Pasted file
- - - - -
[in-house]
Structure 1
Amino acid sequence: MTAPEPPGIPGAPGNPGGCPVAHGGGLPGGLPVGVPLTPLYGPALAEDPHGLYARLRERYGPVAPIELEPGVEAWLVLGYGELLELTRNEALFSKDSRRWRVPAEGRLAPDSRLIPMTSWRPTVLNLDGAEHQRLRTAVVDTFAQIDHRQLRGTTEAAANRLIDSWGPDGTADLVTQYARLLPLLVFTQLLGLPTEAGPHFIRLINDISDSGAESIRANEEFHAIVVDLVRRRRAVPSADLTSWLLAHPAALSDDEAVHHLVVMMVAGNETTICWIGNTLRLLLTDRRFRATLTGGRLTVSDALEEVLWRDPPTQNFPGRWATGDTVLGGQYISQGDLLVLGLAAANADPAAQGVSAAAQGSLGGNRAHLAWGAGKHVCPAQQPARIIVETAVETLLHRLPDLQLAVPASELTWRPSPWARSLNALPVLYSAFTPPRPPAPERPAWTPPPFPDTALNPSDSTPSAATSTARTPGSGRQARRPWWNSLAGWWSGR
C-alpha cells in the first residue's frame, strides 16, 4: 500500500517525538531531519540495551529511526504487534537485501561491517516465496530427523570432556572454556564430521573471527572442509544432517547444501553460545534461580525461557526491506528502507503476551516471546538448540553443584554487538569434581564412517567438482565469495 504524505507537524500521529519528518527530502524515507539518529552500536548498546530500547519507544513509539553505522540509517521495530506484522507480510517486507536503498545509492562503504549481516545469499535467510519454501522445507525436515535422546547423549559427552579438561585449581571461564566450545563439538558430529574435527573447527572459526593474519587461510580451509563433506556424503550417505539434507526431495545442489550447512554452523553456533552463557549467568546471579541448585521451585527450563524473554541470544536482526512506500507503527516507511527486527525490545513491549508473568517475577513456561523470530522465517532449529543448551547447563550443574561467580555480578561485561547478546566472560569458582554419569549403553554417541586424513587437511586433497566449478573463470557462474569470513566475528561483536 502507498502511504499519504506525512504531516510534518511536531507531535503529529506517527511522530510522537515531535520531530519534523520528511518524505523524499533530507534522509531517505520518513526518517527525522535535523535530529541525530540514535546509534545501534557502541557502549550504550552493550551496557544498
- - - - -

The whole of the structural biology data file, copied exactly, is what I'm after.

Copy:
[in-house]
Structure 1
Amino acid sequence: MTAPEPPGIPGAPGNPGGCPVAHGGGLPGGLPVGVPLTPLYGPALAEDPHGLYARLRERYGPVAPIELEPGVEAWLVLGYGELLELTRNEALFSKDSRRWRVPAEGRLAPDSRLIPMTSWRPTVLNLDGAEHQRLRTAVVDTFAQIDHRQLRGTTEAAANRLIDSWGPDGTADLVTQYARLLPLLVFTQLLGLPTEAGPHFIRLINDISDSGAESIRANEEFHAIVVDLVRRRRAVPSADLTSWLLAHPAALSDDEAVHHLVVMMVAGNETTICWIGNTLRLLLTDRRFRATLTGGRLTVSDALEEVLWRDPPTQNFPGRWATGDTVLGGQYISQGDLLVLGLAAANADPAAQGVSAAAQGSLGGNRAHLAWGAGKHVCPAQQPARIIVETAVETLLHRLPDLQLAVPASELTWRPSPWARSLNALPVLYSAFTPPRPPAPERPAWTPPPFPDTALNPSDSTPSAATSTARTPGSGRQARRPWWNSLAGWWSGR
C-alpha cells in the first residue's frame, strides 16, 4: 500500500517525538531531519540495551529511526504487534537485501561491517516465496530427523570432556572454556564430521573471527572442509544432517547444501553460545534461580525461557526491506528502507503476551516471546538448540553443584554487538569434581564412517567438482565469495 504524505507537524500521529519528518527530502524515507539518529552500536548498546530500547519507544513509539553505522540509517521495530506484522507480510517486507536503498545509492562503504549481516545469499535467510519454501522445507525436515535422546547423549559427552579438561585449581571461564566450545563439538558430529574435527573447527572459526593474519587461510580451509563433506556424503550417505539434507526431495545442489550447512554452523553456533552463557549467568546471579541448585521451585527450563524473554541470544536482526512506500507503527516507511527486527525490545513491549508473568517475577513456561523470530522465517532449529543448551547447563550443574561467580555480578561485561547478546566472560569458582554419569549403553554417541586424513587437511586433497566449478573463470557462474569470513566475528561483536 502507498502511504499519504506525512504531516510534518511536531507531535503529529506517527511522530510522537515531535520531530519534523520528511518524505523524499533530507534522509531517505520518513526518517527525522535535523535530529541525530540514535546509534545501534557502541557502549550504550552493550551496557544498